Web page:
Carl Singer


From: Russell J Hendel <rjhendel@...>
Date: Sun, 21 Mar 2004 22:16:11 -0500
Subject: RE: Reason for discontinuing the TRANSLATING leining custom

Thanks to Martin Stern in v42n27 for mentioning all the beautiful Temani

One subtle point: Martin mentions >>When Ashkenazim abandoned reading
the targum<<

I heard from the Rav (Rabbi Joseph Baer Soloveitchick) the reason for
this abandonment.

Recall that 8-10 centuries ago it was "in vogue" for Christians to try
and prove Christianity from the Torah itself (In our own time this has
fallen out of vogue due to the successful refutations of our many

So, after the exodus from Babel (Where Aramaic was spoken) the only way
to continue the Meturgeman tradition (translating the Bible verse by
verse) was to use current-language-translations.

But if you lived in a rural area there was a danger than a
current-language-translation would have hidden in them many
christological references---the church could then turn around and demand
conversion on penalty of death if these rural Jewish communities could
not answer the Christian arguments from the BIblical text.

The Rav explained that the TRANSLATION CUSTOM was discontinued to avoid
these very real problems, The Taymani community I believe lived in Arab
lands and this problem was not prevelant there (That is the Arabs did
not try and prove their case from our Torah).

In passing the Shulchan Aruch allows use of Rashi to satisfy the
INDIVIDUAL requirement to read with a translation.

Russell Jay Hendel; http://www.Rashiyomi.com/


From: Joel Wiesen <wiesen@...>
Date: Sun, 21 Mar 2004 13:18:27 -0500
Subject: Seder Tidbits: on Brachot

Again this year many of our seder guests will be repeats (I'm happy to
say), so again I'm looking for little tidbits to sprinkle in to keep
attention and teach.

I ran across one recently in an Artscroll book on Brachos by Forst (pg

Sefardic Jews customarily say mezonos over matza during the year.  Only
on Pesach do they say hamotze.

This interesting tidbit has the potential of leading into an exploration
of what defines bread and what bracha to say on crackers.

Can you suggest other unusual aspects of various brachot at the seder?



From: Batya Medad <ybmedad@...>
Date: Mon, 29 Mar 2004 22:29:54 +0200
Subject: Sfirat Omer reminders?

Last year I received email reminders for Sfirat Haomer.  They were
fantastically helpful.  I don't remember from where.  Does anyone know?



From: <MJGerver@...> (Mike Gerver)
Date: Tue, 30 Mar 2004 04:50:33 EST
Subject: Re: Tootsie Rolls

Richard Dine asks, in v42n33,
> Are Tootsie Rolls Kosher?  They obviously have not Hechsher on them but
> I did not think there was a concern until someone mentioned it to me.

About 20 years ago, my grandfather's cousin, Philip Sedell, who worked
for many years for Tootsie Roll, told me that they used no non-kosher
ingredients, although they had no hechsher. I don't know what the
present situation is.

Mike Gerver
Raanana, Israel

From: Shayna Kravetz <skravetz@...>
Date: Mon, 29 Mar 2004 23:18:21 -0500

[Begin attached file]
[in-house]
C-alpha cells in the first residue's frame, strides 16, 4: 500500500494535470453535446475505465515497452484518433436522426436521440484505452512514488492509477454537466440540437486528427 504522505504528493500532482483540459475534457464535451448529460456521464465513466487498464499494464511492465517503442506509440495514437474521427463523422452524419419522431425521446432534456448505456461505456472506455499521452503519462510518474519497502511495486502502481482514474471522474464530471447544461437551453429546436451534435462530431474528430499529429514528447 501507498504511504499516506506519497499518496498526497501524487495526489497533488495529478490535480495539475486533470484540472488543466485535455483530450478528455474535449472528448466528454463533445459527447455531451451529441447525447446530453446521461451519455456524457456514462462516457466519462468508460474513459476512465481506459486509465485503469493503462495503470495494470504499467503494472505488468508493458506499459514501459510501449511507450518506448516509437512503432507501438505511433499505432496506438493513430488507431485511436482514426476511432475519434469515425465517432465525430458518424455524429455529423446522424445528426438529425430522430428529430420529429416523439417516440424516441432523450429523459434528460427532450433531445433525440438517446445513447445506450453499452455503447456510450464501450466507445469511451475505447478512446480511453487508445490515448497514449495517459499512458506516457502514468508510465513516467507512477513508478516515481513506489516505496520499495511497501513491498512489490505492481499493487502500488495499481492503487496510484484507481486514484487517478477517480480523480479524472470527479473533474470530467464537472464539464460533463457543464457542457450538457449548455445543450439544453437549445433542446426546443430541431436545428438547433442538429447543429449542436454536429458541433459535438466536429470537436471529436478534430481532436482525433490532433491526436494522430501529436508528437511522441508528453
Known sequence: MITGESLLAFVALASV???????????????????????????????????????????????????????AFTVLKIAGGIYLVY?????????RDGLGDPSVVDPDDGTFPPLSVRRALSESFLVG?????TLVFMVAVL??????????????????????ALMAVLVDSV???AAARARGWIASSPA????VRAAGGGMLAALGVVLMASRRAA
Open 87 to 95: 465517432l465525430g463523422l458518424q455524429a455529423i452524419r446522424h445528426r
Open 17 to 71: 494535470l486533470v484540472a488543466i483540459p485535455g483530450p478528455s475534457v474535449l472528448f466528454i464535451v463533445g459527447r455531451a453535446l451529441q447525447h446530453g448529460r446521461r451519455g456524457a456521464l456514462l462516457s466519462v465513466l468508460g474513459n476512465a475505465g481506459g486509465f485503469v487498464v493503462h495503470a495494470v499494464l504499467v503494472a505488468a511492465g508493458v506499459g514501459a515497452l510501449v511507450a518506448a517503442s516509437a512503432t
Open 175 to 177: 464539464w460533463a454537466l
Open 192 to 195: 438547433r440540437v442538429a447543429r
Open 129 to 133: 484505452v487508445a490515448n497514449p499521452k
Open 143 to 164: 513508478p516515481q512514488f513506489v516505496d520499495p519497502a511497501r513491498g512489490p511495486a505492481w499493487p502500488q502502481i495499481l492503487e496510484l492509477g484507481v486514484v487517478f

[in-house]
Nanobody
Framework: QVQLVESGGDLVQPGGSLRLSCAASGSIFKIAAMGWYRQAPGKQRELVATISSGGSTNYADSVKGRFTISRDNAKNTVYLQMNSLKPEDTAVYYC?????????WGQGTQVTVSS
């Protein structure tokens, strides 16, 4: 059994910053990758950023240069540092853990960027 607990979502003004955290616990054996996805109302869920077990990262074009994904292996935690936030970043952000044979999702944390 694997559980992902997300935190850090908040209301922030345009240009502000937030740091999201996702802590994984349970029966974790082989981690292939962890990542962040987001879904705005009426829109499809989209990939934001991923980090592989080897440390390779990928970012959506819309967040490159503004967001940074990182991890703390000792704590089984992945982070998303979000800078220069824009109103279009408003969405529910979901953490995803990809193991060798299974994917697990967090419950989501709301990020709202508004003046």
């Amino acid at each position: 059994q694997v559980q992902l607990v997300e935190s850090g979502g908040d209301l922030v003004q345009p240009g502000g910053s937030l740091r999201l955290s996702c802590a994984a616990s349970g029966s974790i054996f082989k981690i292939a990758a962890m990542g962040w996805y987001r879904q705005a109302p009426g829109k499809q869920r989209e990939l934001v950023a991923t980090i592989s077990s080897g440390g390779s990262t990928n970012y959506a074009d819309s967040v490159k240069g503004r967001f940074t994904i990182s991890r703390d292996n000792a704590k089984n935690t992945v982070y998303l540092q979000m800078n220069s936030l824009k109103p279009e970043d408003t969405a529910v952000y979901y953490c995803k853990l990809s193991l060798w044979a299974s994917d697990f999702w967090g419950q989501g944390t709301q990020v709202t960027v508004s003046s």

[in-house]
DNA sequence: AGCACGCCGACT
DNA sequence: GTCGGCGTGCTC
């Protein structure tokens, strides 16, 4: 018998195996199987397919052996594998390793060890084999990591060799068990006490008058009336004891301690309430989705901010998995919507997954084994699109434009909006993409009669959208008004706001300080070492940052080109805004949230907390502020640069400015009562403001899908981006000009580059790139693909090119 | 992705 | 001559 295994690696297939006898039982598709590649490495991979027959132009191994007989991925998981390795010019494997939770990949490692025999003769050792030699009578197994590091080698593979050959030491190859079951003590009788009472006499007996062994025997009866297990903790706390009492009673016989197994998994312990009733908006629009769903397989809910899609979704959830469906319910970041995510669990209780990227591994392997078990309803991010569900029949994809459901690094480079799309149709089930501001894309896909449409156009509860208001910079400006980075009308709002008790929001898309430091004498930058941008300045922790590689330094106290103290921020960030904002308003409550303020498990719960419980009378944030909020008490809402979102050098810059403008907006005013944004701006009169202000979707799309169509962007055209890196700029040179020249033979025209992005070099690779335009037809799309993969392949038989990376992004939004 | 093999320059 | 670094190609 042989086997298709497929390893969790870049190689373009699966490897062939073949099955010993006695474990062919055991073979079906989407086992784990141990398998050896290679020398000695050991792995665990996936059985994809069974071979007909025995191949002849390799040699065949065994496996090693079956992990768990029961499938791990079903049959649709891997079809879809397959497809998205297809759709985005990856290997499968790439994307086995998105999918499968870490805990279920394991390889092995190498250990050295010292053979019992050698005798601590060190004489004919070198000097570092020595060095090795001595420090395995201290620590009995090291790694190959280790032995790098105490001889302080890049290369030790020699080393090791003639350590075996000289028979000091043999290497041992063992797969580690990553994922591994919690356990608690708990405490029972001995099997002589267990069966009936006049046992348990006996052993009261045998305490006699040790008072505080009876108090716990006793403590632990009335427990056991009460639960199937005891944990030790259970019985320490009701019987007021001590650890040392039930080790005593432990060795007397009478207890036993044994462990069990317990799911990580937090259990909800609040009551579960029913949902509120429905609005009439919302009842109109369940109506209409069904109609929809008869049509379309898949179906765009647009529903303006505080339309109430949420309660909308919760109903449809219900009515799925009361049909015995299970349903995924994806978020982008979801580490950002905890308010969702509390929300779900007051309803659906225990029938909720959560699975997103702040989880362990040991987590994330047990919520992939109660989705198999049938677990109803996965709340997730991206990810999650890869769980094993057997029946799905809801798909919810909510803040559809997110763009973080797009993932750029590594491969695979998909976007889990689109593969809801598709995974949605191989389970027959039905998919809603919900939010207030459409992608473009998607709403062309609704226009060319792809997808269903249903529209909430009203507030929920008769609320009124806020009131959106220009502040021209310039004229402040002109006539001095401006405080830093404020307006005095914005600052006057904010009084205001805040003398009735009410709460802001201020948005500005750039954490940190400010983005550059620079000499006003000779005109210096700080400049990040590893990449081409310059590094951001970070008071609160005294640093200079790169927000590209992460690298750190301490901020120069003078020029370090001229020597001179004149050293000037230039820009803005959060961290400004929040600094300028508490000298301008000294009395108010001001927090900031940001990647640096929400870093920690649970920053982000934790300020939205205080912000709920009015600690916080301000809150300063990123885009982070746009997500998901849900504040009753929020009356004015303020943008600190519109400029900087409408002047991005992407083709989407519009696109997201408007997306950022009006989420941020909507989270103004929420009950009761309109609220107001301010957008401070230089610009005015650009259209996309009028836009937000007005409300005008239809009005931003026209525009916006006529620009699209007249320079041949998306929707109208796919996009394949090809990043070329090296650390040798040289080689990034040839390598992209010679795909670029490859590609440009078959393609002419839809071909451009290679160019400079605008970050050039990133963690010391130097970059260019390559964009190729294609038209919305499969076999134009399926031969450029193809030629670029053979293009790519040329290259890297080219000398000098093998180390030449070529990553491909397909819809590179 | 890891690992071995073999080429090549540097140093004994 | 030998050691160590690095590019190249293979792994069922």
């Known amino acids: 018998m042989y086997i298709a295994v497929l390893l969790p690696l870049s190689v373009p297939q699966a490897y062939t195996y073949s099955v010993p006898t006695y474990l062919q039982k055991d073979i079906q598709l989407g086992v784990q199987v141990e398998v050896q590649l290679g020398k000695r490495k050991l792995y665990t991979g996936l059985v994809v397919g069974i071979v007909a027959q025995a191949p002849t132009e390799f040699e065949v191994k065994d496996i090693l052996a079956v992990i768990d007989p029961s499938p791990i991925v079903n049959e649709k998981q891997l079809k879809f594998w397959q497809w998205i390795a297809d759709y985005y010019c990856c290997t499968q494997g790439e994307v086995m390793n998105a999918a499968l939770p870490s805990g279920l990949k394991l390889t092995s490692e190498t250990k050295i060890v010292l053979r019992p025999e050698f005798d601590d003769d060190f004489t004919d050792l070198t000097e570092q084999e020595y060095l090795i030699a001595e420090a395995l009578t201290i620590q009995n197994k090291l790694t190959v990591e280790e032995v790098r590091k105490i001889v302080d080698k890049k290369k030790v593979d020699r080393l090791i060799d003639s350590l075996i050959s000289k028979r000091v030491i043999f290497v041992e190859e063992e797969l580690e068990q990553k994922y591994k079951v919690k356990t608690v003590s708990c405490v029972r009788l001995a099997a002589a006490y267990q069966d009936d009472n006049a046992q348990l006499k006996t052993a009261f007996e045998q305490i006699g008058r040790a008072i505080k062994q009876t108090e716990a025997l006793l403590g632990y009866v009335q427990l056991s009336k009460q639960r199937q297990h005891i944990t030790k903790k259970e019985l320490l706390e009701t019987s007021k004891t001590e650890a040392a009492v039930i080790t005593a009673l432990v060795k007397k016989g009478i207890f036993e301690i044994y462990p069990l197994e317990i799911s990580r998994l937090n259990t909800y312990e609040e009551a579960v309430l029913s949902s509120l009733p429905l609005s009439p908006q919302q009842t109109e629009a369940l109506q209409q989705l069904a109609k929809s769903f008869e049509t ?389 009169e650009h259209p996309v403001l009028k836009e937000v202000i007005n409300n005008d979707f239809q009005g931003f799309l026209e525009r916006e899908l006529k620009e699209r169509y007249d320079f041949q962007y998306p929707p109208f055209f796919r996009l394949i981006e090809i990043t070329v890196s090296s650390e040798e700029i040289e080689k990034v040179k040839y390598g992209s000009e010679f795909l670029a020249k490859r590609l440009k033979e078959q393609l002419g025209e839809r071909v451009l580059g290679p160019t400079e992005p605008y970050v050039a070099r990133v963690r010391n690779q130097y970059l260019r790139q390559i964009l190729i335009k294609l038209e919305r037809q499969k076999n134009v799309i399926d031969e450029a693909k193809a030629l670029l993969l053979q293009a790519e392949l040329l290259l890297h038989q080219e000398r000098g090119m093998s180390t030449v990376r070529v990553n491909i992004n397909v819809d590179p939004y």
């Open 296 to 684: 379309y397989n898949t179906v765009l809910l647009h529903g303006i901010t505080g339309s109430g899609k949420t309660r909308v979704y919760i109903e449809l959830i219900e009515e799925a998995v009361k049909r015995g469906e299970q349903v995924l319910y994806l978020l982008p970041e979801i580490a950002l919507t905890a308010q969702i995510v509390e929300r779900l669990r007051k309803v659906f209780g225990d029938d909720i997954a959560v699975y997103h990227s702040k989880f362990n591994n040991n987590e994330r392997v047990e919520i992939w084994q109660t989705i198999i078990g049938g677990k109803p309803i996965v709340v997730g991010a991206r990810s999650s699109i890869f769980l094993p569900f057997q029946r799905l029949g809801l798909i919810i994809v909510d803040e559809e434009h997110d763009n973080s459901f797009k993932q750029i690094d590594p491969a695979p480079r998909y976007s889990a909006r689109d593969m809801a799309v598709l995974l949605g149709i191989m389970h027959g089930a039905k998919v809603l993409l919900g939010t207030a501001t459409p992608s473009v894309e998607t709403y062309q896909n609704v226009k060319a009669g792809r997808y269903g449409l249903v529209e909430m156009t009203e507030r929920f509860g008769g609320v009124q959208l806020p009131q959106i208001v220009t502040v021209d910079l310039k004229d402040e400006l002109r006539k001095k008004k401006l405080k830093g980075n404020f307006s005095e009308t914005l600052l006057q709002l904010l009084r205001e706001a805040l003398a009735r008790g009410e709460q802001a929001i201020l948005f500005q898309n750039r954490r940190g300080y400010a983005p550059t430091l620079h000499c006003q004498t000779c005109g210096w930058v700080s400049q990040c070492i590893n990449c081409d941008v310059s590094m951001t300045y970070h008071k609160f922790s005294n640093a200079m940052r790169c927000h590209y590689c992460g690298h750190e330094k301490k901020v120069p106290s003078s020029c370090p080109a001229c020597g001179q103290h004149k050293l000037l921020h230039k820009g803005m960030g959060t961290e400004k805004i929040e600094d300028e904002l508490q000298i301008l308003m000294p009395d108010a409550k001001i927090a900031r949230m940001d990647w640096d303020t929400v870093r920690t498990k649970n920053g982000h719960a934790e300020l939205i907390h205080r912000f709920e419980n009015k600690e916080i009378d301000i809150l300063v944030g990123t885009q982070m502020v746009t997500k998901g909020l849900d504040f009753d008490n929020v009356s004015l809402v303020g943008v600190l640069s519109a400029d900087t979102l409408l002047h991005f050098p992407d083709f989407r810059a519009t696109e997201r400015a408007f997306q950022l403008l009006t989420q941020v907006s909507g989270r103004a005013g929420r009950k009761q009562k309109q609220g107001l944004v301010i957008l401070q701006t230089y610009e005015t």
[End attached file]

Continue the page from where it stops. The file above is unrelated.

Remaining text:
Subject: Re: Tootsie Rolls

>Are Tootsie Rolls Kosher?  They obviously have not Hechsher on them but
>I did not think there was a concern until someone mentioned it to me.

www.kashrut.org lists them as kosher dairy.

Kol tuv and a freilach and kosher Pesach from
Shayna Kravetz

From: Carl Singer <casinger@...>
Date: Tue, 30 Mar 2004 07:28:25 -0500
Subject: Tootsie Rolls

Their website www.tootsie.com has lots of information, at
www.tootsie.com/nutrition.html which lists their nutritional information
(the column on the far right side is "Kosher") a few of their products
(Charleston Chew, Cella's and Andes) are listed as KD or circle KD --
there is no such marking after Tootsie Rolls.

But I wanted to point out that a very well respected Rabbi who works for
a major kashruth organization often quips that "when I was a boy,
Tootsie Rolls were Kosher" -- meaning that no one questioned most

Today, since even water has kosher certification, things have changed.

Carl Singer

From: Alan Friedenberg <elshpen@...>
Date: Tue, 30 Mar 2004 06:15:57 -0800 (PST)
Subject: Tootsie Rolls

Tootsie Rolls are not kosher.  I once e-mailed the company about it, and
the response was that they re-evaluate kosher certification a few times
a year.


From: Janice Gelb <j_gelb@...>
Date: Tue, 30 Mar 2004 09:08:03 -0800 (PST)
Subject: RE: Tootsie Rolls

I couldn't find anything about their kashrut, but I did find the
following on a (l'havdil) halal information site:

   Whey in Tootsie Roll Questionable

   (February 4, 2004) After numerous inquiries regarding Tootsie Roll
   candies, eat-halal.com has found that the status of the whey in the
   candies is questionable.  According to a Tootsie Roll representative,
   the whey in the candies may be made using either animal or non-
   animal derived ingredients.

-- Janice


From: Elie Rosenfeld <erosenfe@...>
Date: Mon, 29 Mar 2004 16:06:07 -0500
Subject: Yetziv Pisgam

In Vol. 42 #27, Martin Stern writes
> The same applies to yetsiv pitgam which is also an introduction to the
> targum on the haftarah.

I'm glad this was mentioned because it gives me an excuse to mention a
theory of mine concerning Yetziv Pisgam.  (I guess this is somewhat
timely since if Pesach is next week, Shavous can't be that far behind!)

Anyway, as Martin mentions Yetziv Pisgam is a piyyut [liturgical poem]
in praise of Yonasan Ben Uzziel, who wrote the targum [Aramaic
translation] on neviim [Prophets].  Yetziv Pisgam is chanted after the
first pasuk [verse] of the haftarah because it introduces the meturgaman
[translator] who, in earlier times, would translate each pasuk of the
haftarah into Aramaic after it was read in the original Hebrew.  My
question is, why specifically is this piyyut read on the second day of

My answer is based on the famous mishnah of Ain Dorshin which indicates
that certain very deep and inscrutable sections in the torah/tanach are
not to be translated or taught in too open a matter.  One of these is
the "maaseh merkava", the description of the heavenly chariot and image
of Hashem's glory, in Chapter 1 of Ezekiel.  Now, this chapter is
actually read as the haftarah on the *first* day of Shavuos.  Thus, as
per Ain Dorshin, the haftarah was not *allowed* to be translated that
day, so the meturgaman had the day off, if you will.  Therefore, at the
haftarah on the *second* day of Shavous, we recite Yetziv Pisgam to
re-introduce and praise the meturgaman who was conspicuously absent the
day before!

I think this explanation is original - at least, I have looked in a
significant number of siddurim that discuss Yetziv Pisgam and have never
seen it given.  Has anyone come across this explanation in a written

Elie Rosenfeld


End of Volume 42 Issue 35